Google Loses Two Leadership Jobs: One For Mail And Workspace, The Other For Payments

Google fired two senior executives this week. The first was Bill Ready, Google’s “President of Commerce, Payments and Next Billion”, who left to become CEO of Pinterest. The second big departure is Javier Soltero, who was vice president and general manager of Google Workspace, Google’s paid business app, and was the leader of Google Messaging. Both executives brought big changes to Google during their nearly three-year stints at the company. Now that they’re gone, it’s unclear what the future of their respective products holds.

Ready was only at Google for two and a half years, where his most high-profile move was presiding over the disastrous rollout of a major redesign of Google Pay. The new Google Pay app was spearheaded by Ready’s payments team, led by another recently ousted executive, Caesar Sengupta. Google Pay’s revamp brought an app originally developed for India to the US, where the phone number-based identity requirement came with a huge list of downgrades: the website Google Pay was to be stripped of payment functionality, the app no ​​longer supported multiple accounts, and you couldn’t be signed in to multiple devices.

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Rolling out the new app was also clunky. Slowly, over a month or two, users were kicked out of the old Google Pay and had to switch to a new app. The new identity system was not backward compatible with the old Google Pay, which meant that users of the old app could not send money to users of the new app.

According to the Pulse network (a wing of the Discover card), Google Pay has 3% of the entire US NFC market.  Keep in mind that Google entered this market years before Apple.

According to the Pulse network (a wing of the Discover card), Google Pay has 3% of the entire US NFC market. Keep in mind that Google entered this market years before Apple.

The new Google Pay was announced a year into Ready’s tenure at Google and launched in March 2021. The app initially came with big expansion plans, including a wild announcement of Google-branded bank accounts. Sengupta left Google a month after the US launch of the new Google Pay, which sparked an “exodus” of employees, according to Insider. The report says ‘dozens of employees and executives’ left the payments team after Sengupta left, with one employee saying there was ‘frustration’ that the new Google Pay was ‘not growing. at the pace we wanted.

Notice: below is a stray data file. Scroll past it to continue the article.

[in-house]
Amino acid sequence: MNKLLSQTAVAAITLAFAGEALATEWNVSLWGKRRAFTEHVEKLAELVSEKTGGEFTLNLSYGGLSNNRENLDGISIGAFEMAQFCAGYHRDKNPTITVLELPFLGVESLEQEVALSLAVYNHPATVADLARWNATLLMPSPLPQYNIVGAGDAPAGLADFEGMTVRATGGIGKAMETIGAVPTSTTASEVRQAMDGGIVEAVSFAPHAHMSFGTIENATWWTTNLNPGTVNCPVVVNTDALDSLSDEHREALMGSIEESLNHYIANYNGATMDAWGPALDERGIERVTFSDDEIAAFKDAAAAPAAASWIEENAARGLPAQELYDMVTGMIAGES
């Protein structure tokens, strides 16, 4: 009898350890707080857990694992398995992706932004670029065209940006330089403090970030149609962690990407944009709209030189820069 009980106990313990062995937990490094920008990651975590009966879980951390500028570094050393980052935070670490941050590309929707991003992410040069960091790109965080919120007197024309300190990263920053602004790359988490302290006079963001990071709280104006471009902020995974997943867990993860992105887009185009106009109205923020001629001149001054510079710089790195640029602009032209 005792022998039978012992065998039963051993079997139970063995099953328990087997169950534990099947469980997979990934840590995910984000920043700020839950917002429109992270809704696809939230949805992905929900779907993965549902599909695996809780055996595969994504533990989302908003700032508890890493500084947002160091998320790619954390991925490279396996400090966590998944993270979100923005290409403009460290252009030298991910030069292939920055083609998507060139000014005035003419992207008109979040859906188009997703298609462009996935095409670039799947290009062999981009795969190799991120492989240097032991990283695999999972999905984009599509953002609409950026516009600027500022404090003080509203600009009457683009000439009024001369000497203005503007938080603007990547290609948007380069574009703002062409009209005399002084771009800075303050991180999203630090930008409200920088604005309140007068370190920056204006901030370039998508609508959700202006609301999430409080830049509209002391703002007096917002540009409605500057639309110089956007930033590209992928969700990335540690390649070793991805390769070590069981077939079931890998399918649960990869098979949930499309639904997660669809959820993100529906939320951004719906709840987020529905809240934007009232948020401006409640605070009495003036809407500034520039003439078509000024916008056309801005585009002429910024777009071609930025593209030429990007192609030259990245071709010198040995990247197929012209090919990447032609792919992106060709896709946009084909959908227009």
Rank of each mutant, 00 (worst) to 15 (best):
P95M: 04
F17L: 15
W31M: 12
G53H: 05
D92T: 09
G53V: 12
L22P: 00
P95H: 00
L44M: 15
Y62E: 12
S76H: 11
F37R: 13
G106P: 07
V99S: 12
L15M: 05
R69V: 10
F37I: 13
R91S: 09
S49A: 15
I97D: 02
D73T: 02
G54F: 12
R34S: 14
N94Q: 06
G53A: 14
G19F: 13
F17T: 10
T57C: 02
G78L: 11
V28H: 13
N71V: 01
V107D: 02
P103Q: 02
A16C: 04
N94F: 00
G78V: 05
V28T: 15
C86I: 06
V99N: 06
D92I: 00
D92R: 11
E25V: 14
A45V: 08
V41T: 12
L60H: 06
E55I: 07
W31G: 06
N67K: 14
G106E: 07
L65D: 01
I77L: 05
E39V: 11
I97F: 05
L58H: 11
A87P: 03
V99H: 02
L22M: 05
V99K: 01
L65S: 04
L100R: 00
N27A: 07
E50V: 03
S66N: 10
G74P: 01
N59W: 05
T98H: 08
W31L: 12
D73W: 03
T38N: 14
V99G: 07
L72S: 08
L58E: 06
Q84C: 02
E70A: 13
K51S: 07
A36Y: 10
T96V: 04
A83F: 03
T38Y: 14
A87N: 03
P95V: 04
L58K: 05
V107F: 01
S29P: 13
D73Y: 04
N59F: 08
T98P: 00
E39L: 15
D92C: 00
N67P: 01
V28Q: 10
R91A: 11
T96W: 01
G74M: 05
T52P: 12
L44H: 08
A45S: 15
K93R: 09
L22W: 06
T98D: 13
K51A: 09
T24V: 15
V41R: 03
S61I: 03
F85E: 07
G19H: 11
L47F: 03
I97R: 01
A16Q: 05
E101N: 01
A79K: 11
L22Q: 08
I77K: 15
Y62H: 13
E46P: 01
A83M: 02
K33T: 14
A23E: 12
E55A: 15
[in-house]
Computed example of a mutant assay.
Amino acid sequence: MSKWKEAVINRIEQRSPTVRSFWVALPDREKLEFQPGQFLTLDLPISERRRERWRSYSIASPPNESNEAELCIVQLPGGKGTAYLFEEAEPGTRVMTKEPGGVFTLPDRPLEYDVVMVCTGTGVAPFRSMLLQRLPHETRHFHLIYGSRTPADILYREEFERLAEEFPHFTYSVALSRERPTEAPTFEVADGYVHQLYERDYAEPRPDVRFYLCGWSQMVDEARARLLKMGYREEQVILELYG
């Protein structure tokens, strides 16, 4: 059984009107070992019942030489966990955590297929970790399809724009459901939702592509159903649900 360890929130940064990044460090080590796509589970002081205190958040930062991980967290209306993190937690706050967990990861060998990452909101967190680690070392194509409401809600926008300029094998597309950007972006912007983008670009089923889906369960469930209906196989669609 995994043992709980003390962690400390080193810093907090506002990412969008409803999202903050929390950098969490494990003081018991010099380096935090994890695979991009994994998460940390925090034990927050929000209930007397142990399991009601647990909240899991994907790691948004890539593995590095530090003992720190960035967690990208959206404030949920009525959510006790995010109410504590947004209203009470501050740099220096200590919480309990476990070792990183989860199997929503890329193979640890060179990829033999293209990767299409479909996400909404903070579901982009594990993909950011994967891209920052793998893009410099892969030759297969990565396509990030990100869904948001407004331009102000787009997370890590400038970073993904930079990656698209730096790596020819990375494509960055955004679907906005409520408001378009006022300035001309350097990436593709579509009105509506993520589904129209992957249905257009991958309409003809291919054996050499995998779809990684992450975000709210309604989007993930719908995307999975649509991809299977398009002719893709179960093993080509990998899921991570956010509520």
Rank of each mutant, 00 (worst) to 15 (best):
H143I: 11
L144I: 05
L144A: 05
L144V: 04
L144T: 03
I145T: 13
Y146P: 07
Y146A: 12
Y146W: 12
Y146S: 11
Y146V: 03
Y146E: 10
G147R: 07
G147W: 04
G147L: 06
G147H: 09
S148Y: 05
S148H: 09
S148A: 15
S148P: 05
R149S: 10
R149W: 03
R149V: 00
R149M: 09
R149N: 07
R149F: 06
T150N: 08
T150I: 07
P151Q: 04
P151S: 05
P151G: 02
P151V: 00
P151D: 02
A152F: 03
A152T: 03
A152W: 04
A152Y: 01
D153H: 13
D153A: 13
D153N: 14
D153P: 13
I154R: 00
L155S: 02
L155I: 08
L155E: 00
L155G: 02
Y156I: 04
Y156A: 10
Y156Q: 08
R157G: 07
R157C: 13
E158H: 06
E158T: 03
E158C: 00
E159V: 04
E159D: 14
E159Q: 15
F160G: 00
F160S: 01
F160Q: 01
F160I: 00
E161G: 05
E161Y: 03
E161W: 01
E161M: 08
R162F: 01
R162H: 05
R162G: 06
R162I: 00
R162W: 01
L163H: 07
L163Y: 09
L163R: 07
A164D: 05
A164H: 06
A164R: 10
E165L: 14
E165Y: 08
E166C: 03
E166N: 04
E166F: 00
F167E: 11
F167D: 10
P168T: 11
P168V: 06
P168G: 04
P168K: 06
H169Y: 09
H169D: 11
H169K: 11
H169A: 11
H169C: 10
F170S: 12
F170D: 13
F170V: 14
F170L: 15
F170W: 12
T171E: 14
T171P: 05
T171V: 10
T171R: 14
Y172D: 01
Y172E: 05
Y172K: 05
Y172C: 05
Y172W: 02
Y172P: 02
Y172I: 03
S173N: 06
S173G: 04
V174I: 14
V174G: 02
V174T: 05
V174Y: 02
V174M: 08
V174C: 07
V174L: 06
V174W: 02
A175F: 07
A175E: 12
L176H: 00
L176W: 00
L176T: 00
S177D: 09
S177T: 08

What happened next appears to be a complete removal of the original “New Google Pay” game plan. Google typically launches a product in the US first and then slowly rolls it out to the rest of the world, but after the initial poor reception, the new Google Pay never saw a wide rollout outside of the US. Google canceled its heavily promoted plans for a Google bank account, even though, according to the Wall Street Journal, the company already had 400,000 curious users on the public waitlist.

Ready named a new payments leader in January, a move Bloomberg described as a “reset” to Google’s payments strategy. Ready also made headlines at the time, saying, “Crypto is something which we pay a lot of attention to,” although no Google products have emerged.

Four months later, at Google I/O 2022, other the redesign of Google Pay was announced, renaming the product to “Google Wallet”. That’s right, after a big overhaul of Google’s payments app in 2021, there’s now another new overhaul in 2022. Ready is now leaving five months after appointing a new head of payments and implementing those plans , but he won’t be there for the launch of Google Wallet. Between the departure of former Payments Manager Sengupta, Sengupta’s boss, Ready, and “dozens” of team members, it looks like the Payments team has finally cleaned up the house.

This nightmare of a card makes the United States coexist with Google Pay and Google Wallet, while the rest of the world gets a cleaner solution of a payment app: Wallet.

This nightmare of a card makes the United States coexist with Google Pay and Google Wallet, while the rest of the world gets a cleaner solution of a payment app: Wallet.

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At the heart of Google’s payment turmoil is likely the fact that most estimates place Google Pay at 3-4% of the US NFC payments market, which is far behind Apple’s nearly 92% market share. It’s an embarrassing loss to Google, which pioneered NFC payments and entered the market three years before Apple.

A big part of Google’s payment issues is this kind of instability, with Google’s payment app running across four different brands in 10 years (Google Wallet, then Android Pay, then Google Pay, now Google Wallet again ). It still doesn’t look like the company has come up with a great solution with the new Google Wallet. The current plan, which could change once Ready’s replacement is hired, is that Google Wallet and Google Pay coexist in the USA. In the rest of the world there will be a payment app, Wallet, which looks like a clean and reasonable offering. In the US and Singapore, however, Google doesn’t want to kill off the widely criticized new Google Pay app, so both Google Wallet and Google Pay will be available. Why? If Wallet is rolling out to the rest of the world, the code base clearly has the payment feature set, why not just roll it out everywhere?

Google is still looking for a vice president to replace Bill Ready, but the interim president of payments will be longtime Googler Nick Fox. Fox was previously front and center in Google’s technology landscape as the head of Google messaging when the company produced Google Allo. Allo was Google’s main messaging app from 2016-2018, lasting around 576 days on the market. From Hello, Fox runs google search.

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